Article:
Written by Sherry
Thursday, 21 June 2007 08:49
Really and truly. This is the debate in India.
The catalyst? The Catholic Church in Delhi wants to reserve 40% of the spaces at St. Stephen's College for Christian students.
The result: this debate on the Indian version of CNN. Fascinating and distressing all at the same time. But it gives a vivid sense of the issues faced by Christians in very different cultural circumstances around the world.
"As the debate still rages over the 40 per cent quota for Christians in St Stephen's College, the Delhi diocese says all the city’s schools and colleges that it runs should hire Christian teachers.
With the backdrop of fears that such proposals will lead to conversions, the question discussed on the show Face The Nation with Sagarika Ghose was: Should Christian institutions be governed by their religion?
On the panel to debate the issue was senior journalist Swapan Dasgupta, along with St Stephen’s College Principal Valson Thampu and Vice-Chairperson of State Minorities Commission and President of Indian Christian Voice Abraham Mathai.
The decision to reserve 40 per cent quota for Christians and Dalit Christians in St Stephen’s College has met with criticism across the board. Does it mean sacrificing excellence that has been built over years?
“The very sequence of news events today tells it’s own story. It shows the tremendous role Christian education plays. I welcome this tribute. But coming to Christianisation of St Stephen’s, what’s wrong with it? People want to study there but they do not want the Christian part of it. That’s hypocritical,” said Valson Thampu.
Regarding the quota debate in St Stephen’s, a senior historian was quoted as saying, “You are actually consigning St Stephen’s College to a graveyard because you are the kind of Christian who is the kind of Hindu that Narendra Modi is.”
“It’s a great pity that such a historian cannot recognise the distinction between christianisation and saffronisation. It’s a great tragedy that many people in the country are better informed than the Supreme Court. They must read the TMA Pai Foundation vs State of Karnataka verdict, which obligates me to admit at least 50 per cent from the Christian community. The SC has taken the view that minorities are allowed to establish institutions mainly to meet the educational needs of the community. If you deny the aspirations of your community, the only motive for doing that would be corruption,” said Thampu.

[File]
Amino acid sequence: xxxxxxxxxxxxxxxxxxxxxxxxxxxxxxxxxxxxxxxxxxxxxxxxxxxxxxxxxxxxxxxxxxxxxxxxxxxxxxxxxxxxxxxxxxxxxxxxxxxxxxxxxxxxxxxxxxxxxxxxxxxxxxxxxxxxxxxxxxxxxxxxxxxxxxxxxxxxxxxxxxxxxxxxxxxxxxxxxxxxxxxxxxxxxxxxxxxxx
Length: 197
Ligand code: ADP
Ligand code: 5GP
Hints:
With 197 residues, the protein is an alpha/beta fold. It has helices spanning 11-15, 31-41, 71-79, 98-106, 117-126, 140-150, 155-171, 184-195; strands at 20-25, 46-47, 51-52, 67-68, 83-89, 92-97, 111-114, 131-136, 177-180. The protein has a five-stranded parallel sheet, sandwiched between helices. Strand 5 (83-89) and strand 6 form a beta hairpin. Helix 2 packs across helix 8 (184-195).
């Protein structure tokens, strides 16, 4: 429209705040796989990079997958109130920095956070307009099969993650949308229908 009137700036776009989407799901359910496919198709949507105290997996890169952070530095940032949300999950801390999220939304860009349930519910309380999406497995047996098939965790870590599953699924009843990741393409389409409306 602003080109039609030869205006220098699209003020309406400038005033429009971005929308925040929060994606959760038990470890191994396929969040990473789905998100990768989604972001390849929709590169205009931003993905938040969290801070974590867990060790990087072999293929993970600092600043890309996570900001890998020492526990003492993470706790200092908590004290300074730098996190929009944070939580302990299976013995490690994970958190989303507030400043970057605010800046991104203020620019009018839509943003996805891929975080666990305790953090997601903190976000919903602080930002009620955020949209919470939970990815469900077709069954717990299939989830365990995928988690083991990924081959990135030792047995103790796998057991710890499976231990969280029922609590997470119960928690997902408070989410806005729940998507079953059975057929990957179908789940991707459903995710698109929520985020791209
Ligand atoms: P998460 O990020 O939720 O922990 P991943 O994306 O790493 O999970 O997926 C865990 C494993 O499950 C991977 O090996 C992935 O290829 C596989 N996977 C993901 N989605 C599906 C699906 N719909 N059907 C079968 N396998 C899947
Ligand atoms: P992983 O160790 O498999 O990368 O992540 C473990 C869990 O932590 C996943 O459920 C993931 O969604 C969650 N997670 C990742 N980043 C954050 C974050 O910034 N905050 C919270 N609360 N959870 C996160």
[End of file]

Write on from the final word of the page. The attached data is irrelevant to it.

Turning to Swapan Dasgupta, a Stephanian, Sagarika Ghose asked him whether he was opposed to the christianisation of St Stephen’s?
“It really depends on what you mean by a Christian institution. The College was always a Christian institution in the sense that it spread the wider ethos of Christianity. Now if it’s made a completely denominational institution, it would hit at the very purpose at what the founders has in mind. The institution was meant to be a facilitator of a happy amalgam between the east and the west. Thampu is making the College a church institution,” he said.
Was the Christian ecumenism being defeated by Christian evangelism? Are the traditions, which the institutions were built, getting lost in the search of power, glory and money.
“The church in India has taken the responsibility of starting educational institutions in the country and none of them can be proved to have indulged in conversions. We have a right to govern our institutions, which is guaranteed in the Constitution itself. So what’s wrong with that?” said Abraham Mathai.